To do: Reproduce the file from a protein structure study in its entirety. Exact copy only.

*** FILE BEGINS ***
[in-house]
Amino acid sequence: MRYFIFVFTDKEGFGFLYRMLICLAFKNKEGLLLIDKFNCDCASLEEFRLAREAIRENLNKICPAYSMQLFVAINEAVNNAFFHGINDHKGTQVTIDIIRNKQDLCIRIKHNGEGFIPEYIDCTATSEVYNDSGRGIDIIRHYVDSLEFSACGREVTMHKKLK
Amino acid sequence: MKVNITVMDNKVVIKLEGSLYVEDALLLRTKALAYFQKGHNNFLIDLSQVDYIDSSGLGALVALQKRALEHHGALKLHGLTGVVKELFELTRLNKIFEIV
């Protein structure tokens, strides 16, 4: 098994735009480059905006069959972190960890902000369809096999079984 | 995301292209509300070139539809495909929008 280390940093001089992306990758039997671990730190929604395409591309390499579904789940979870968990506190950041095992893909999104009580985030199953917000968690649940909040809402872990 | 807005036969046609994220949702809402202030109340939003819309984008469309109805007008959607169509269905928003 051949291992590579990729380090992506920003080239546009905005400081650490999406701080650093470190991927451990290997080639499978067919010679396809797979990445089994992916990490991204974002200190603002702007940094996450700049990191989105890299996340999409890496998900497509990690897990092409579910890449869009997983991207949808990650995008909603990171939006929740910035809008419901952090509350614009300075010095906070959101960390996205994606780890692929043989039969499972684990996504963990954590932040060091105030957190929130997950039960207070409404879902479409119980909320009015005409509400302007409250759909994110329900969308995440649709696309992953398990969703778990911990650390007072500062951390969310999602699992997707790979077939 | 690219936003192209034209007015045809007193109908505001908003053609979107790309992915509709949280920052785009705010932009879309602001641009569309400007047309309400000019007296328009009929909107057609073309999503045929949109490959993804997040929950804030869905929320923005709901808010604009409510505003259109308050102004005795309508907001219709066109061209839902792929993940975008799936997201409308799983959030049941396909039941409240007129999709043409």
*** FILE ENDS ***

[in-house]
Amino acid sequence: MRYFIFVFTDKEGFGFLYRMLICLAFKNKEGLLLIDKFNCDCASLEEFRLAREAIRENLNKICPAYSMQLFVAINEAVNNAFFHGINDHKGTQVTIDIIRNKQDLCIRIKHNGEGFIPEYIDCTATSEVYNDSGRGIDIIRHYVDSLEFSACGREVTMHKKLK
Amino acid sequence: MKVNITVMDNKVVIKLEGSLYVEDALLLRTKALAYFQKGHNNFLIDLSQVDYIDSSGLGALVALQKRALEHHGALKLHGLTGVVKELFELTRLNKIFEIV
């Protein structure tokens, strides 16, 4: 098994735009480059905006069959972190960890902000369809096999079984 | 995301292209509300070139539809495909929008 280390940093001089992306990758039997671990730190929604395409591309390499579904789940979870968990506190950041095992893909999104009580985030199953917000968690649940909040809402872990 | 807005036969046609994220949702809402202030109340939003819309984008469309109805007008959607169509269905928003 051949291992590579990729380090992506920003080239546009905005400081650490999406701080650093470190991927451990290997080639499978067919010679396809797979990445089994992916990490991204974002200190603002702007940094996450700049990191989105890299996340999409890496998900497509990690897990092409579910890449869009997983991207949808990650995008909603990171939006929740910035809008419901952090509350614009300075010095906070959101960390996205994606780890692929043989039969499972684990996504963990954590932040060091105030957190929130997950039960207070409404879902479409119980909320009015005409509400302007409250759909994110329900969308995440649709696309992953398990969703778990911990650390007072500062951390969310999602699992997707790979077939 | 690219936003192209034209007015045809007193109908505001908003053609979107790309992915509709949280920052785009705010932009879309602001641009569309400007047309309400000019007296328009009929909107057609073309999503045929949109490959993804997040929950804030869905929320923005709901808010604009409510505003259109308050102004005795309508907001219709066109061209839902792929993940975008799936997201409308799983959030049941396909039941409240007129999709043409």